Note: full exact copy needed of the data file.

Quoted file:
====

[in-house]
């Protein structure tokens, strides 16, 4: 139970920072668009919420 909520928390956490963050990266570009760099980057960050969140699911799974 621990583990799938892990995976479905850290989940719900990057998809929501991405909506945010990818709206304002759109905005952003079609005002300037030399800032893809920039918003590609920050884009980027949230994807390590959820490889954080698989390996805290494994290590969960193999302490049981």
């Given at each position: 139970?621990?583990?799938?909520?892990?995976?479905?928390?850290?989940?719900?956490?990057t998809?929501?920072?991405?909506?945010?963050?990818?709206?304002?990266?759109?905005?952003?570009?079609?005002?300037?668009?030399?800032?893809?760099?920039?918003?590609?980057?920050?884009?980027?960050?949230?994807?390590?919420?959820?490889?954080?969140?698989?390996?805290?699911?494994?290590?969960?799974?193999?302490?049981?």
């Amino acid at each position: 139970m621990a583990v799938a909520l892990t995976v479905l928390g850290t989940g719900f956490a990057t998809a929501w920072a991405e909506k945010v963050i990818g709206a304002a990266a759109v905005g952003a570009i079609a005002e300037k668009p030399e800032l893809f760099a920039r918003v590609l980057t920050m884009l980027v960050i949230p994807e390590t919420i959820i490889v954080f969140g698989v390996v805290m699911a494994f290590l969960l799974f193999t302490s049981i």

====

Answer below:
[in-house]
């Protein structure tokens, strides 16, 4: 139970920072668009919420 909520928390956490963050990266570009760099980057960050969140699911799974 621990583990799938892990995976479905850290989940719900990057998809929501991405909506945010990818709206304002759109905005952003079609005002300037030399800032893809920039918003590609920050884009980027949230994807390590959820490889954080698989390996805290494994290590969960193999302490049981």
């Given at each position: 139970?621990?583990?799938?909520?892990?995976?479905?928390?850290?989940?719900?956490?990057t998809?929501?920072?991405?909506?945010?963050?990818?709206?304002?990266?759109?905005?952003?570009?079609?005002?300037?668009?030399?800032?893809?760099?920039?918003?590609?980057?920050?884009?980027?960050?949230?994807?390590?919420?959820?490889?954080?969140?698989?390996?805290?699911?494994?290590?969960?799974?193999?302490?049981?």
């Amino acid at each position: 139970m621990a583990v799938a909520l892990t995976v479905l928390g850290t989940g719900f956490a990057t998809a929501w920072a991405e909506k945010v963050i990818g709206a304002a990266a759109v905005g952003a570009i079609a005002e300037k668009p030399e800032l893809f760099a920039r918003v590609l980057t920050m884009l980027v960050i949230p994807e390590t919420i959820i490889v954080f969140g698989v390996v805290m699911a494994f290590l969960l799974f193999t302490s049981i």